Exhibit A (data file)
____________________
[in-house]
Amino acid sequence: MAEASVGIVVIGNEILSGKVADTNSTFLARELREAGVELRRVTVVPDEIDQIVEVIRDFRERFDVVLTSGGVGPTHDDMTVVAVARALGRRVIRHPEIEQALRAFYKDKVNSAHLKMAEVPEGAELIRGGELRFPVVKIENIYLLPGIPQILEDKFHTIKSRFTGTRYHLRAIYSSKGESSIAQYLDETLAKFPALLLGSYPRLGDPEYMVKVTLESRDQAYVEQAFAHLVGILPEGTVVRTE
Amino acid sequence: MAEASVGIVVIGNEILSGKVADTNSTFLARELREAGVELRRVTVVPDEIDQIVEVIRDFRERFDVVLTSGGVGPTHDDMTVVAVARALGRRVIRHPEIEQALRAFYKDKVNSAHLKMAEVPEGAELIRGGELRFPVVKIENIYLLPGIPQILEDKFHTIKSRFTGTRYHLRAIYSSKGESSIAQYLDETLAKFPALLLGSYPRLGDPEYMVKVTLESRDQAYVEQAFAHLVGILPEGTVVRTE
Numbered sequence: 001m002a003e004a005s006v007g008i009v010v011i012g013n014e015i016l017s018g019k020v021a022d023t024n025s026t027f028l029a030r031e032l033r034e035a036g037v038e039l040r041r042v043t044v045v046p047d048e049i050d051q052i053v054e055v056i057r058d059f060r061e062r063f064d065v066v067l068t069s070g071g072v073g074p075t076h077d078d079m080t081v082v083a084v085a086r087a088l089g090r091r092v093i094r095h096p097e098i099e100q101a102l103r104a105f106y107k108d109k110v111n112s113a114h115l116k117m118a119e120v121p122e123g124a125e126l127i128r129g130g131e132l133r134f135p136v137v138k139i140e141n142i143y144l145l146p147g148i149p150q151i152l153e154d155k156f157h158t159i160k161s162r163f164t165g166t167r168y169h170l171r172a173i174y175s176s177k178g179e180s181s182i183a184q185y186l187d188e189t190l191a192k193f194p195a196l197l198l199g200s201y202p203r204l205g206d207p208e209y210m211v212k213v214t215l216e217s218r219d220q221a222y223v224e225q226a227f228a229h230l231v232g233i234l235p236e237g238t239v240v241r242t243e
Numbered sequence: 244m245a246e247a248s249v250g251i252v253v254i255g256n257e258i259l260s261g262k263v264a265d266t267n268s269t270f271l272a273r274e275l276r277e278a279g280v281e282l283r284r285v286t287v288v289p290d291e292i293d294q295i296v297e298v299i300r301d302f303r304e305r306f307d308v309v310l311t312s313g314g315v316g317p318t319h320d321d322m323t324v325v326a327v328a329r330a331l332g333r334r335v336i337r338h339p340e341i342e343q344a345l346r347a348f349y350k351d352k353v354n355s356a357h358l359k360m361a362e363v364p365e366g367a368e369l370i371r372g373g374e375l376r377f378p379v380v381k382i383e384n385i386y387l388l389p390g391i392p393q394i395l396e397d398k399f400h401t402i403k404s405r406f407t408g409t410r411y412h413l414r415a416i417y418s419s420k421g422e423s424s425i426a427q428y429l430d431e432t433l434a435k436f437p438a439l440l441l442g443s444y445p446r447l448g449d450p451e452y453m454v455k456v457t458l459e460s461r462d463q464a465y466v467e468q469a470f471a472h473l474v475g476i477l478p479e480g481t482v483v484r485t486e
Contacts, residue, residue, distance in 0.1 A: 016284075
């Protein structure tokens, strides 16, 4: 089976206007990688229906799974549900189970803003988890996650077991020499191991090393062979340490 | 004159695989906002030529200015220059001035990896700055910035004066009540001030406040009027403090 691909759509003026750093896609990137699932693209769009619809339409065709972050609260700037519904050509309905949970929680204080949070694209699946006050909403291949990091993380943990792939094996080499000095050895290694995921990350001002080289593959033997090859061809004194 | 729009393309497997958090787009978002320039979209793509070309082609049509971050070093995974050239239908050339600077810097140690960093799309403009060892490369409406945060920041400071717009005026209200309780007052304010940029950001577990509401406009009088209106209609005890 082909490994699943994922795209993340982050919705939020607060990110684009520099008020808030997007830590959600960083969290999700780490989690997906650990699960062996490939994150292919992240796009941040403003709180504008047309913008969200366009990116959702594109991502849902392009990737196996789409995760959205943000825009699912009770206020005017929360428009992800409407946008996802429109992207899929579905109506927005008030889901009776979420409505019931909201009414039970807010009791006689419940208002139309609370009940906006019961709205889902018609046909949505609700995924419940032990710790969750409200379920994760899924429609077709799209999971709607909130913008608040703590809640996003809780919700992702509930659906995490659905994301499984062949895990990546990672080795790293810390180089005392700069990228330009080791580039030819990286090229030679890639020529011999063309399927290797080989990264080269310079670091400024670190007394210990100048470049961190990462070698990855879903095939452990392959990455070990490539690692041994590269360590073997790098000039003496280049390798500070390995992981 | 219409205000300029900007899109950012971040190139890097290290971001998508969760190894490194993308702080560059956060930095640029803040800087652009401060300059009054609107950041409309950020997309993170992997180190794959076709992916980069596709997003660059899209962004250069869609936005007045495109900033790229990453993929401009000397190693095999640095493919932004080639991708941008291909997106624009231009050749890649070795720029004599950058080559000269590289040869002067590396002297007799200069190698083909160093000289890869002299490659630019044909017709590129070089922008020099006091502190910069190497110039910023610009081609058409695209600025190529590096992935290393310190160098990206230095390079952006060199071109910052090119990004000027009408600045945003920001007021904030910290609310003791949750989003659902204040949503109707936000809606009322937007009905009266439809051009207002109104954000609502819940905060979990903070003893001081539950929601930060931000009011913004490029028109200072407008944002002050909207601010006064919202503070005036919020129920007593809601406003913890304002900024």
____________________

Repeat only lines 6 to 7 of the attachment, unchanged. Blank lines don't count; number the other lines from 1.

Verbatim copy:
Contacts, residue, residue, distance in 0.1 A: 016284075
């Protein structure tokens, strides 16, 4: 089976206007990688229906799974549900189970803003988890996650077991020499191991090393062979340490 | 004159695989906002030529200015220059001035990896700055910035004066009540001030406040009027403090 691909759509003026750093896609990137699932693209769009619809339409065709972050609260700037519904050509309905949970929680204080949070694209699946006050909403291949990091993380943990792939094996080499000095050895290694995921990350001002080289593959033997090859061809004194 | 729009393309497997958090787009978002320039979209793509070309082609049509971050070093995974050239239908050339600077810097140690960093799309403009060892490369409406945060920041400071717009005026209200309780007052304010940029950001577990509401406009009088209106209609005890 082909490994699943994922795209993340982050919705939020607060990110684009520099008020808030997007830590959600960083969290999700780490989690997906650990699960062996490939994150292919992240796009941040403003709180504008047309913008969200366009990116959702594109991502849902392009990737196996789409995760959205943000825009699912009770206020005017929360428009992800409407946008996802429109992207899929579905109506927005008030889901009776979420409505019931909201009414039970807010009791006689419940208002139309609370009940906006019961709205889902018609046909949505609700995924419940032990710790969750409200379920994760899924429609077709799209999971709607909130913008608040703590809640996003809780919700992702509930659906995490659905994301499984062949895990990546990672080795790293810390180089005392700069990228330009080791580039030819990286090229030679890639020529011999063309399927290797080989990264080269310079670091400024670190007394210990100048470049961190990462070698990855879903095939452990392959990455070990490539690692041994590269360590073997790098000039003496280049390798500070390995992981 | 219409205000300029900007899109950012971040190139890097290290971001998508969760190894490194993308702080560059956060930095640029803040800087652009401060300059009054609107950041409309950020997309993170992997180190794959076709992916980069596709997003660059899209962004250069869609936005007045495109900033790229990453993929401009000397190693095999640095493919932004080639991708941008291909997106624009231009050749890649070795720029004599950058080559000269590289040869002067590396002297007799200069190698083909160093000289890869002299490659630019044909017709590129070089922008020099006091502190910069190497110039910023610009081609058409695209600025190529590096992935290393310190160098990206230095390079952006060199071109910052090119990004000027009408600045945003920001007021904030910290609310003791949750989003659902204040949503109707936000809606009322937007009905009266439809051009207002109104954000609502819940905060979990903070003893001081539950929601930060931000009011913004490029028109200072407008944002002050909207601010006064919202503070005036919020129920007593809601406003913890304002900024």